Seven years of bad luck: how the CAP reform will undermine the EU’s Green Deal

, by Candice Doligé , Charlie Brocard, Léna Prouchet , Michelle Stitz

All the versions of this article: [Deutsch] [English]

Seven years of bad luck: how the CAP reform will undermine the EU's Green Deal
Photo credit: Tom Fisk, Pexels

“A greener, fairer, and more robust EU farm policy”: this is how the EU Parliament (EP) described the negotiating position it voted on with regard to the Common Agricultural Policy (CAP) on Friday 23rd October. But does this position really match this description? As we demonstrate below, this is far from the truth. Last week’s plenary could better be described with the words of Member of the European Parliament (MEP) of the Green Party Ska Keller: “this is a whole mess”. Here is why - and why the CAP is important.

If you had lunch today, you should care about the CAP

Agriculture matters to all of us. It provides food, creates direct or indirect employment for millions of Europeans and shapes the landscapes we live in. Agricultural models are also tightly related to the climate crisis. Indeed, farming activities produce around 17% of EU Greenhouse Gas (GHG) emissions, which is twice as much as the industrial sector.

Additionally, intensive farming practices are linked to a massive use of pesticides and fertilizers. This results in a drastic decrease of biodiversity in agricultural crops but also in wild species. The ecosystems surrounding the field are essential to maintain food production in the medium and the long run. A striking example are bees, which pollinate. In the space of just a year, bee numbers declined by over 15%. Nonetheless, there are agricultural practices that can ensure food security while maintaining high productivity with a drastically lower impact on the environment. Agroecological systems that include agroforestry, permaculture and organic farming should be part of the solution for a fairer and more sustainable agricultural system.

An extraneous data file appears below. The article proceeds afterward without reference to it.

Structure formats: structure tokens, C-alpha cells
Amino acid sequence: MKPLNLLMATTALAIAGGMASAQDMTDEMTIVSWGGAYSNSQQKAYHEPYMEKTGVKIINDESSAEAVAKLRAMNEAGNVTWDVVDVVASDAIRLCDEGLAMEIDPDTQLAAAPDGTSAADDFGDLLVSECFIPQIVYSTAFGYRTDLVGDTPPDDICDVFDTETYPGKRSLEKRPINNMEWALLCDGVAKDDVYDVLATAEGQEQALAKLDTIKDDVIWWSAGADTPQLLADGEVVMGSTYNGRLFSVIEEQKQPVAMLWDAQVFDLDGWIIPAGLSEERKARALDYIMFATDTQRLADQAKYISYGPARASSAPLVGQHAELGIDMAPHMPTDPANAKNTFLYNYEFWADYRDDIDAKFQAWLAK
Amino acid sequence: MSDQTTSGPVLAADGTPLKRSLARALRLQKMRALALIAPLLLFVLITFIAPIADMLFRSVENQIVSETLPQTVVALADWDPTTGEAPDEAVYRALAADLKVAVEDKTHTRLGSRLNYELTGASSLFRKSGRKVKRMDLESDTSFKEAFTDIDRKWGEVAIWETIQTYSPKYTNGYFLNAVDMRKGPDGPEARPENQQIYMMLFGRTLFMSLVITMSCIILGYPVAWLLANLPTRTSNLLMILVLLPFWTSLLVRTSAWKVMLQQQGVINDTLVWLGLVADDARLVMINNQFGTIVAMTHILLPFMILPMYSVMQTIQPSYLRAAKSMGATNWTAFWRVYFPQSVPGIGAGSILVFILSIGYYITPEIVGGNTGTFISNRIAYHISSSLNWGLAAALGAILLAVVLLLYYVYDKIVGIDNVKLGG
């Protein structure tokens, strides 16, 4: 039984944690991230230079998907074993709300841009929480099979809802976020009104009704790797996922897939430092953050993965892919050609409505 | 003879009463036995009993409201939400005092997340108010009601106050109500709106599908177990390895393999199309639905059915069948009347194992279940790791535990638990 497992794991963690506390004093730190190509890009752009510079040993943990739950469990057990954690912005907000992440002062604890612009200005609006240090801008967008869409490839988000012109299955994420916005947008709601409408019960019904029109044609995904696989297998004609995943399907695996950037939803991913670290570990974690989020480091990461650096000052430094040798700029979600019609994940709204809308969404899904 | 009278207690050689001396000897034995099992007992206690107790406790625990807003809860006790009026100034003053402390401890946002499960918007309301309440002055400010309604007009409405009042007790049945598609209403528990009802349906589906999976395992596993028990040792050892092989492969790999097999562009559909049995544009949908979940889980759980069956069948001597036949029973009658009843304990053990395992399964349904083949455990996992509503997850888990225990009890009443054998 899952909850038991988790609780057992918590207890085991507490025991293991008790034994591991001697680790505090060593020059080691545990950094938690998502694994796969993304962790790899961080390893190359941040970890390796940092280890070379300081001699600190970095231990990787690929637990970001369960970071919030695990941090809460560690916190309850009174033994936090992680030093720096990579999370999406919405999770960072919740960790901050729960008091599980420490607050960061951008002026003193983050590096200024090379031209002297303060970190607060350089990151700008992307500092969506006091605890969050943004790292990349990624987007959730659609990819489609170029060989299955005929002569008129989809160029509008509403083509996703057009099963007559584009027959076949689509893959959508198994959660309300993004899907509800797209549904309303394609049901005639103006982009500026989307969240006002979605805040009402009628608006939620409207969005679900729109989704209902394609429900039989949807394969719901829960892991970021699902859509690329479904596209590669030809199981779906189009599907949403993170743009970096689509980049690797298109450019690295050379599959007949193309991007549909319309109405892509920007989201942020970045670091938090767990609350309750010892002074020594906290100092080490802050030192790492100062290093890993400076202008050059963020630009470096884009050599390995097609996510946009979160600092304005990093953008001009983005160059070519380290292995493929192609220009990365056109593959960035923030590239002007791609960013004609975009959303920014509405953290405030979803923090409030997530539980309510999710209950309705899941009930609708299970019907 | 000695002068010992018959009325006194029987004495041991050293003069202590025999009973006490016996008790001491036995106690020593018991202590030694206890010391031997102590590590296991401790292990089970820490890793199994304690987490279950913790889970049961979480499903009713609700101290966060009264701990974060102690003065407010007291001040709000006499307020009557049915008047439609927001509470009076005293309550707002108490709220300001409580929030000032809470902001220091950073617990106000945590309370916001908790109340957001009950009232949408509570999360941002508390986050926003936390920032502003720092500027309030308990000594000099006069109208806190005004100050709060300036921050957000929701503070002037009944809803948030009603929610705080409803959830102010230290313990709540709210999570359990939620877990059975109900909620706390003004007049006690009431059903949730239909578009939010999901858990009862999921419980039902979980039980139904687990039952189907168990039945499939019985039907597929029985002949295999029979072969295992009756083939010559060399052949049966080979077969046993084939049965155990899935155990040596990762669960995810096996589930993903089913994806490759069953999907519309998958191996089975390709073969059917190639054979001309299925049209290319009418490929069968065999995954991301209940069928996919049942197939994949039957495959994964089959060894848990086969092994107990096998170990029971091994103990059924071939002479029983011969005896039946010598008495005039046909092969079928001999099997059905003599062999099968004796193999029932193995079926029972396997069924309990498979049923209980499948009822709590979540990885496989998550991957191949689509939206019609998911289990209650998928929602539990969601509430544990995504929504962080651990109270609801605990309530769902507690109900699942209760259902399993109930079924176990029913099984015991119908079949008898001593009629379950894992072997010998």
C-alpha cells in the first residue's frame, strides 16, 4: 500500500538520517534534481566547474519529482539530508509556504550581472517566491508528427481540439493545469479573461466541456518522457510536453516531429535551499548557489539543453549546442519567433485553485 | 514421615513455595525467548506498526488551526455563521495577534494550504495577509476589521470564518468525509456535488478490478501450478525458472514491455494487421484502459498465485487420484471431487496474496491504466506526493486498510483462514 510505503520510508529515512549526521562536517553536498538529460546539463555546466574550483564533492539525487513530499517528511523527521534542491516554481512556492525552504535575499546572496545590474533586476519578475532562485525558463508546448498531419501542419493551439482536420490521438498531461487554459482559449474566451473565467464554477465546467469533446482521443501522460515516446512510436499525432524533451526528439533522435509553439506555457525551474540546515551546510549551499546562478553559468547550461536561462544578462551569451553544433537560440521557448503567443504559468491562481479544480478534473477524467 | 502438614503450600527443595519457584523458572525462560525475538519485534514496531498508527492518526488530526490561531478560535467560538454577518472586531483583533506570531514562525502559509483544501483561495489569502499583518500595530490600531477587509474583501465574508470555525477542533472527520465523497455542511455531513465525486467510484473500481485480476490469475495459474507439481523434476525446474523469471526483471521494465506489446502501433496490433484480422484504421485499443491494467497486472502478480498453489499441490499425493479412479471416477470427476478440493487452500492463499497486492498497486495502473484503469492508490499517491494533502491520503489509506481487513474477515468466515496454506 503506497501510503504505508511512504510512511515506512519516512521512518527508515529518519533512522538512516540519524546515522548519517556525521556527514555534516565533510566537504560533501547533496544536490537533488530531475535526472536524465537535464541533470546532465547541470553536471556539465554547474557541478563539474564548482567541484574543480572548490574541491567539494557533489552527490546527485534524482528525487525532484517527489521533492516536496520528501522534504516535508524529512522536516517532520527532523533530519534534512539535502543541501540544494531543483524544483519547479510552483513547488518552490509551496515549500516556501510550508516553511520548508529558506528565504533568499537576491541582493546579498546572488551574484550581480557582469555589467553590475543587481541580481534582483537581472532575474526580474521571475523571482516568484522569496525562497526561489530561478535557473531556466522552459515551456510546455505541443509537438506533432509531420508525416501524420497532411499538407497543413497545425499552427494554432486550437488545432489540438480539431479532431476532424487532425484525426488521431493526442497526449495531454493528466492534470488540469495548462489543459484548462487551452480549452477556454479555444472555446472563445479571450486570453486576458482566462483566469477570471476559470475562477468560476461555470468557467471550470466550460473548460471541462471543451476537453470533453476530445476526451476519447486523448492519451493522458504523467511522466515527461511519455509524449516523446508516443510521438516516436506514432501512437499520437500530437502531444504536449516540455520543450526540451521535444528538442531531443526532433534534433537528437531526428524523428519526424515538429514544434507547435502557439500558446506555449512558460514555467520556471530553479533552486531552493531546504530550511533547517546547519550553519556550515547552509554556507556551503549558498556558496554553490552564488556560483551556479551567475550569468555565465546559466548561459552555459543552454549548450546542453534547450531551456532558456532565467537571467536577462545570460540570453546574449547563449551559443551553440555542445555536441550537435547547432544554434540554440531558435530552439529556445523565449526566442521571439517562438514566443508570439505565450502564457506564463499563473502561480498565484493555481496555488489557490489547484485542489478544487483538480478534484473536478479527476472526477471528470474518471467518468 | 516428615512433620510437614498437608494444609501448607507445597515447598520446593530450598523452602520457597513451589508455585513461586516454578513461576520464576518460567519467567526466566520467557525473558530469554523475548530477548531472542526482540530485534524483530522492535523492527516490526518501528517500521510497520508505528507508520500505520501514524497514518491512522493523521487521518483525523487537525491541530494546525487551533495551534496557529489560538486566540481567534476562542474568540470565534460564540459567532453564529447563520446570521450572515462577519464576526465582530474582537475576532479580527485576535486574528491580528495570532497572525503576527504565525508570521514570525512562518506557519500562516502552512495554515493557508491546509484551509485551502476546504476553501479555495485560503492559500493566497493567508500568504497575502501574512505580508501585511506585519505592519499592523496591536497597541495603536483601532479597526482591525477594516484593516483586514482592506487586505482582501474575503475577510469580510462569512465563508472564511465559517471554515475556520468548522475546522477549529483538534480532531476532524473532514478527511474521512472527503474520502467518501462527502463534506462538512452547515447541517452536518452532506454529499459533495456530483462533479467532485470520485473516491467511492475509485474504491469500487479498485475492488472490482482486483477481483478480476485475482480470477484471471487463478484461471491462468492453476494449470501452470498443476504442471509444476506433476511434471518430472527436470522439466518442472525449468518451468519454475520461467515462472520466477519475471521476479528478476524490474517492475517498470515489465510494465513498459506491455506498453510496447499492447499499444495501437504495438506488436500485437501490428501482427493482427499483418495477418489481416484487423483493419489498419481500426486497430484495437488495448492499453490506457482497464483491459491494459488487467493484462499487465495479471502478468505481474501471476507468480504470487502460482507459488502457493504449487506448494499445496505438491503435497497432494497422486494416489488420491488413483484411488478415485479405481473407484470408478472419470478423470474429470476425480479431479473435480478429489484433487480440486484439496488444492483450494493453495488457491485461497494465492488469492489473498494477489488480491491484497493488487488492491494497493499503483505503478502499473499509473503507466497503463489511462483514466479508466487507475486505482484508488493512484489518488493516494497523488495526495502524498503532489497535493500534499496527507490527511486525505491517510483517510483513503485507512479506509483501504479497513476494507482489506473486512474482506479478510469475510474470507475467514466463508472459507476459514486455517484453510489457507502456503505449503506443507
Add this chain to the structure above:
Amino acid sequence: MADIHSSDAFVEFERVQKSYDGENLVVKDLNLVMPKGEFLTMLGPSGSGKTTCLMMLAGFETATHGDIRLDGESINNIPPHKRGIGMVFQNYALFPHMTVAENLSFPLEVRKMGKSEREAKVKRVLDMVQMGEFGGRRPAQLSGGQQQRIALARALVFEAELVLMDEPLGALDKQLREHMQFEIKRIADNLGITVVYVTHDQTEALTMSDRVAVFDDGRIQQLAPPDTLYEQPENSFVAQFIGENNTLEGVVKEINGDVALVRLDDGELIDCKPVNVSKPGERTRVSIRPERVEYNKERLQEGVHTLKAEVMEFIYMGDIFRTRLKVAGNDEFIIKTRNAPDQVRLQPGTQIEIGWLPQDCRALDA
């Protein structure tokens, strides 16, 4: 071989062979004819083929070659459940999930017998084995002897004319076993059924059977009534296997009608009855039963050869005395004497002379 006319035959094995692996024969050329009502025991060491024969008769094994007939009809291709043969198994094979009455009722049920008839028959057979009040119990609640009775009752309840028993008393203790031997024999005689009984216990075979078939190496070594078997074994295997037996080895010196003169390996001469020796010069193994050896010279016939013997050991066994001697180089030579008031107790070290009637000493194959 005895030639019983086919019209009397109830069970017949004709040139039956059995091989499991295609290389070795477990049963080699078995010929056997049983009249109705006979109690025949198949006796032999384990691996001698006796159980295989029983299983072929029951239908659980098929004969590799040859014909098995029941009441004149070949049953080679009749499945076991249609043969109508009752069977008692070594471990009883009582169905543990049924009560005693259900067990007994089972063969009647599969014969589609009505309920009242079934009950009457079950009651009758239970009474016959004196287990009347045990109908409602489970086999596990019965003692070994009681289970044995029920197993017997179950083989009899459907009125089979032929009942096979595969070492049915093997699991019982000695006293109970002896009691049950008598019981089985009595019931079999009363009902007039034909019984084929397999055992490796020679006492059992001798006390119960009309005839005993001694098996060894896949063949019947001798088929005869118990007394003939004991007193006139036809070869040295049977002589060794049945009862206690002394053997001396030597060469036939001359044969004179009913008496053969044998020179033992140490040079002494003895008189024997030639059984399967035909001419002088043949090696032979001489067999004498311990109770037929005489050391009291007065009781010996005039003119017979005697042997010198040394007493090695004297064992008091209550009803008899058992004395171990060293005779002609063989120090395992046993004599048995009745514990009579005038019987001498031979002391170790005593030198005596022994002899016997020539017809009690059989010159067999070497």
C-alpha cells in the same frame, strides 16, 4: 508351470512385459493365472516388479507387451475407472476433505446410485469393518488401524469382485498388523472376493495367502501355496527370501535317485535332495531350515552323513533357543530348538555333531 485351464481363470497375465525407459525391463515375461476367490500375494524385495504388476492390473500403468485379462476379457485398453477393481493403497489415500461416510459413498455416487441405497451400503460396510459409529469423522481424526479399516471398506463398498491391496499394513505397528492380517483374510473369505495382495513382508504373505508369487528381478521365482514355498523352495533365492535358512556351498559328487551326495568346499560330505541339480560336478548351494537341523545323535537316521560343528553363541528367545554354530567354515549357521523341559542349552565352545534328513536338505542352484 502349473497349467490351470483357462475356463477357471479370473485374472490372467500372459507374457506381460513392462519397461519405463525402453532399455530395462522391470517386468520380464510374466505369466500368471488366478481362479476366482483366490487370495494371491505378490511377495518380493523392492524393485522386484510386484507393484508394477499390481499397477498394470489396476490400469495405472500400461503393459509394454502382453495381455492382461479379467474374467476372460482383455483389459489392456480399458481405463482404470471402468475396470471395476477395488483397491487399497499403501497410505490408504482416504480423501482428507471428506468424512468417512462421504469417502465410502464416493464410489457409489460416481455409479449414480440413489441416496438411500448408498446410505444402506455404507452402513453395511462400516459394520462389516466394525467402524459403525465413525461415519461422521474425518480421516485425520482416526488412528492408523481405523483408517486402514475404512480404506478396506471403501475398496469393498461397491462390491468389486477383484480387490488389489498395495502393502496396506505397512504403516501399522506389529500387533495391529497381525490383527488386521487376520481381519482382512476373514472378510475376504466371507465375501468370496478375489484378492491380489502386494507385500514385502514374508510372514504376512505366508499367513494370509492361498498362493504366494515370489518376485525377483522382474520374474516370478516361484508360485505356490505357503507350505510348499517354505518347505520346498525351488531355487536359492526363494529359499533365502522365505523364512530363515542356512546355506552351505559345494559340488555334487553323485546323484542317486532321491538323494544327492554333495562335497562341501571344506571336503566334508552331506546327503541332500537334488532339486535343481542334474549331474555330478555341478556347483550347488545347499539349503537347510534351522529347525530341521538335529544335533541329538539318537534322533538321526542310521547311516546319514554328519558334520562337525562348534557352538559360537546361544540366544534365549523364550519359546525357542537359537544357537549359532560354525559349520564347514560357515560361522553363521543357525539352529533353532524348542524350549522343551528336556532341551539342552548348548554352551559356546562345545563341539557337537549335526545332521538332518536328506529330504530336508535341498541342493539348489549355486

In addition to being one of our most important levers of change for sustainable agriculture in Europe, the next CAP is one of the most important EU policies, making up a third of the total EU budget for the next seven years. Its financial implications are huge, as are the balance of interests behind it. The process for this new CAP (for upcoming budgetary period 2021-2027) began in June 2018, before the European Green Deal, with the presentation of legislative proposals for the CAP by the European Commission. In 2019, the CAP file was assessed by both the Committee on Agriculture (AGRI) and the Committee on Environment, Public Health and Food Safety (ENVI), who held opposite opinions. In a nutshell, AGRI supported a weak CAP whereas ENVI pushed for a more ambitious text on climate and biodiversity.